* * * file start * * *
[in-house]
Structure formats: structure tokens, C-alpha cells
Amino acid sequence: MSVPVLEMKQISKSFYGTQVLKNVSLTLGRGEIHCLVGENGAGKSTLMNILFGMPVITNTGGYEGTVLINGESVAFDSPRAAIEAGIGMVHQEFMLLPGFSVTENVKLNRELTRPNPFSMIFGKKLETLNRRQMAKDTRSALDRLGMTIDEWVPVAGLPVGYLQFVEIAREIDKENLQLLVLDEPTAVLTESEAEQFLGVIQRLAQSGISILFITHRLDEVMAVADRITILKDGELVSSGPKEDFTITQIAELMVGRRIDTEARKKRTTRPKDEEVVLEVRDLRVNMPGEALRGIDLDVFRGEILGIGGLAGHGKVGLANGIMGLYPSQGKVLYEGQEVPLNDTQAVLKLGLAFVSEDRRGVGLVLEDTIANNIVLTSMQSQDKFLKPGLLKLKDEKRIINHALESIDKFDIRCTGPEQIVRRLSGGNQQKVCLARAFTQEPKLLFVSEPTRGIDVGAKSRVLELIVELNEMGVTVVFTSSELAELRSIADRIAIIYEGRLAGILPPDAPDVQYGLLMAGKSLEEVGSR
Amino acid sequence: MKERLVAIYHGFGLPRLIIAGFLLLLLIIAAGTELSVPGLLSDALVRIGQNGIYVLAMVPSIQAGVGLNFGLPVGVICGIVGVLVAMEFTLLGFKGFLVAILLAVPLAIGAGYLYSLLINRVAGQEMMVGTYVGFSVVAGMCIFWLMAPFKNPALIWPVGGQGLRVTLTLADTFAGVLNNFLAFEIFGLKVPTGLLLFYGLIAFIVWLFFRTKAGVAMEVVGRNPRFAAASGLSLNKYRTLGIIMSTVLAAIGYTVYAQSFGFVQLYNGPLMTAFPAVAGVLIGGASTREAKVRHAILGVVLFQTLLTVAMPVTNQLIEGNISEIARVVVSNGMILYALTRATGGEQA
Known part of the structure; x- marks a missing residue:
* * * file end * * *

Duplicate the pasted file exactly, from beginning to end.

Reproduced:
[in-house]
Structure formats: structure tokens, C-alpha cells
Amino acid sequence: MSVPVLEMKQISKSFYGTQVLKNVSLTLGRGEIHCLVGENGAGKSTLMNILFGMPVITNTGGYEGTVLINGESVAFDSPRAAIEAGIGMVHQEFMLLPGFSVTENVKLNRELTRPNPFSMIFGKKLETLNRRQMAKDTRSALDRLGMTIDEWVPVAGLPVGYLQFVEIAREIDKENLQLLVLDEPTAVLTESEAEQFLGVIQRLAQSGISILFITHRLDEVMAVADRITILKDGELVSSGPKEDFTITQIAELMVGRRIDTEARKKRTTRPKDEEVVLEVRDLRVNMPGEALRGIDLDVFRGEILGIGGLAGHGKVGLANGIMGLYPSQGKVLYEGQEVPLNDTQAVLKLGLAFVSEDRRGVGLVLEDTIANNIVLTSMQSQDKFLKPGLLKLKDEKRIINHALESIDKFDIRCTGPEQIVRRLSGGNQQKVCLARAFTQEPKLLFVSEPTRGIDVGAKSRVLELIVELNEMGVTVVFTSSELAELRSIADRIAIIYEGRLAGILPPDAPDVQYGLLMAGKSLEEVGSR
Amino acid sequence: MKERLVAIYHGFGLPRLIIAGFLLLLLIIAAGTELSVPGLLSDALVRIGQNGIYVLAMVPSIQAGVGLNFGLPVGVICGIVGVLVAMEFTLLGFKGFLVAILLAVPLAIGAGYLYSLLINRVAGQEMMVGTYVGFSVVAGMCIFWLMAPFKNPALIWPVGGQGLRVTLTLADTFAGVLNNFLAFEIFGLKVPTGLLLFYGLIAFIVWLFFRTKAGVAMEVVGRNPRFAAASGLSLNKYRTLGIIMSTVLAAIGYTVYAQSFGFVQLYNGPLMTAFPAVAGVLIGGASTREAKVRHAILGVVLFQTLLTVAMPVTNQLIEGNISEIARVVVSNGMILYALTRATGGEQA
Known part of the structure; x- marks a missing residue: